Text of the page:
halted the column about 100 yards from the river bank and formed in line of battle on each side of the road. The right wing consisting of the Twenty-third Iowa, under Lieutenant-Colonel Kinsman; the center consisting of the artillery and the two companies of the First Missouri State Militia, under Major Jaensch, and the left consisting of the five companies of the Twenty-fifth Missouri, Volunteers, under Captain Newberry. The two companies of the Twenty-fourth Missouri acted as a reserve and guard to the prisoners under Captain Vaughan.
Riding to the front, Lieutenant Poser, commanding the artillery, informed me that the enemy were planting a battery on the other side. I ordered him to open upon them immediately, which he promptly did, and after a few rounds the enemy scattered and disappeared.
I then ordered Lieutenant Millar, of the Twenty-first Missouri, to cross the river with his company and deploy as skirmishers and follow the enemy as far as practicable, and to guard his retreat I ordered Captain Houston, of Company A, Twenty-third Iowa, to form his company on the river bank near the ferry, leaving the rest of the command in line of battle. At 12 m. Lieutenant Millar returned and reported the enemy retreating. I had been for several hours anxious to learn the whereabouts of Lieutenant-Colonel Lazear and his command. Everything depended upon his co-operating with me. I knew that with my small force of infantry, exhausted by a long and fatiguing march and without food since the previous night, it was folly for me to attempt a pursuit. Lazear's route to join me led him directly across the road by which the enemy had retreated, and I waited in deep suspense for some intelligence from him or for some evidence of his presence. At noon I sent Leeper over the river with his 18 men to scour the country and try to gain intelligence of Lazear. After a fruitless search he returned without any tidings, and I reluctantly ordered the men to camp. They had performed a forced march of 65 miles, and had been twenty hours without food, without murmuring. They were still ready to go forward if there was any prospect of overtaking the enemy, but without Lazear cavalry pursuit would be useless. I had hoped that the sound of the cannonading would reach him and von to him tidings of my presence, but it did not. The next morning, 28th October, I sent Captain Houston, with his company, up the river, and Captain Rosenstein, with his company, down, both on this side, to explore the country and ascertain the position and practicability of the various fords. I also sent Captain Leeper, with such infantry as I could mount, over the river to explore the different roads leading to the ferry, with instructions to find Lazear if possible. About 11 o'clock I received a dispatch from Colonel Lazear, directed to you, of which the following is a copy:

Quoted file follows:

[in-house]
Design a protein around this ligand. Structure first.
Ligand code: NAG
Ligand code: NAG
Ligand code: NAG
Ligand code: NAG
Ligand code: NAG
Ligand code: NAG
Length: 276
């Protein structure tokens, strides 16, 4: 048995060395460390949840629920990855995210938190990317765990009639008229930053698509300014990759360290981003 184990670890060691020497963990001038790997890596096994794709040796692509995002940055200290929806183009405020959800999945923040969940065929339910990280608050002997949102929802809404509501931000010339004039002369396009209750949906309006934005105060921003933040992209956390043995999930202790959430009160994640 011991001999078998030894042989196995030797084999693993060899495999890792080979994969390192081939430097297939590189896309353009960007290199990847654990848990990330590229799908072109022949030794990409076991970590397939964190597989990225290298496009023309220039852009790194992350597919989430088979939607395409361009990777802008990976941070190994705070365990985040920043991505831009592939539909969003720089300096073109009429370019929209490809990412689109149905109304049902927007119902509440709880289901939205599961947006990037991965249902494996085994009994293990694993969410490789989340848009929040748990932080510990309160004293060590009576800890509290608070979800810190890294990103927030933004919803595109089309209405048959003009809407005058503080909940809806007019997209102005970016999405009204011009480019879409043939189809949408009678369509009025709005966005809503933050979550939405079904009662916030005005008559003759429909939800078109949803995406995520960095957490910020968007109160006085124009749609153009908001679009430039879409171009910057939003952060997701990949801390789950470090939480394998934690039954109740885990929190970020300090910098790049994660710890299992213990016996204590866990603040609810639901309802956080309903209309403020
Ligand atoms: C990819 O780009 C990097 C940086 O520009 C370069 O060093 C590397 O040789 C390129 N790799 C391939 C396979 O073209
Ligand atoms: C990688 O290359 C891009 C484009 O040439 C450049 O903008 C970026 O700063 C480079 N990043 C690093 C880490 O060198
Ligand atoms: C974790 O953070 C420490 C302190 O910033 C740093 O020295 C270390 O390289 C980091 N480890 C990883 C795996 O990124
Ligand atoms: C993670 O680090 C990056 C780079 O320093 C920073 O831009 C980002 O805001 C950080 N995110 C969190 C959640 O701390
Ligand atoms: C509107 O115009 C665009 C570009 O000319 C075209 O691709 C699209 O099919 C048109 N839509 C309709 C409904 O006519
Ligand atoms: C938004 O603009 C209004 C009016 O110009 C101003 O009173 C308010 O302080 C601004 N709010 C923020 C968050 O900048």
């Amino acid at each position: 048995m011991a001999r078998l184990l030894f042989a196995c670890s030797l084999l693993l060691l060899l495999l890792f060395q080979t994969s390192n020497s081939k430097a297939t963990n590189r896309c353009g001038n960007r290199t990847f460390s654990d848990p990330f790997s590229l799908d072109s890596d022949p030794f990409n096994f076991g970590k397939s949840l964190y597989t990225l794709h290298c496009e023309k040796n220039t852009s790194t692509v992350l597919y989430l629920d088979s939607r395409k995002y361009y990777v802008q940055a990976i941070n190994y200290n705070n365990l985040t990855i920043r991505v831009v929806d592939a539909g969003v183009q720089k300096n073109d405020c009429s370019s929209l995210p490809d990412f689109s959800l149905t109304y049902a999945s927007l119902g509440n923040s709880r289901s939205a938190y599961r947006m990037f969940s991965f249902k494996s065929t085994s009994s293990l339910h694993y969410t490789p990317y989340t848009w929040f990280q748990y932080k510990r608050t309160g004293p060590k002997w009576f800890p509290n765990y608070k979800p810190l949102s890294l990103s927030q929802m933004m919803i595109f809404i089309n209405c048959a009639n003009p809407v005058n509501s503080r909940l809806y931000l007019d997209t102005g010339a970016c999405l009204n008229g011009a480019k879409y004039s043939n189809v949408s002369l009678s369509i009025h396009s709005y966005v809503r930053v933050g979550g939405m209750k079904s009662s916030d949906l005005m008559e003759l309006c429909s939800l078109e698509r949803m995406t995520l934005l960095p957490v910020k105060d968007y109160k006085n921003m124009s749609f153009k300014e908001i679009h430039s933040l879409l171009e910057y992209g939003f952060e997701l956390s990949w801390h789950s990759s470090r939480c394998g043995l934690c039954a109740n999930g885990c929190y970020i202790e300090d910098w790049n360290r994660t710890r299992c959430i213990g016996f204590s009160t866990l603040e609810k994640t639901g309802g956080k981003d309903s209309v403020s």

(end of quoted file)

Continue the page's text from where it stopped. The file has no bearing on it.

OCTOBER 26-4 o'clock a. m.
Colonel BOYD: Yours of 7 and 10 o'clock 24th reached me at 10 o'clock last night. I cannot reach Pitman's Ferry and find out what is at Thomasville before 29th. Will be there then. We scattered Boone's men in every direction yesterday, killing 6 or 8; 18 prisoners, 25 guns, 12 horses. They are all broken up but Crow's company, who had gone east of Current River.
B. F. LAZEAR,
I immediately recalled the scouting parties and crossed my command, with the exception of the artillery and Captain Vaughan's men, over the river. Late in the evening I received another dispatch from Lazear by Lieutenant Going, informing me verbally that he was marching from the direction of Thomasville, on the Pocahontas, and would be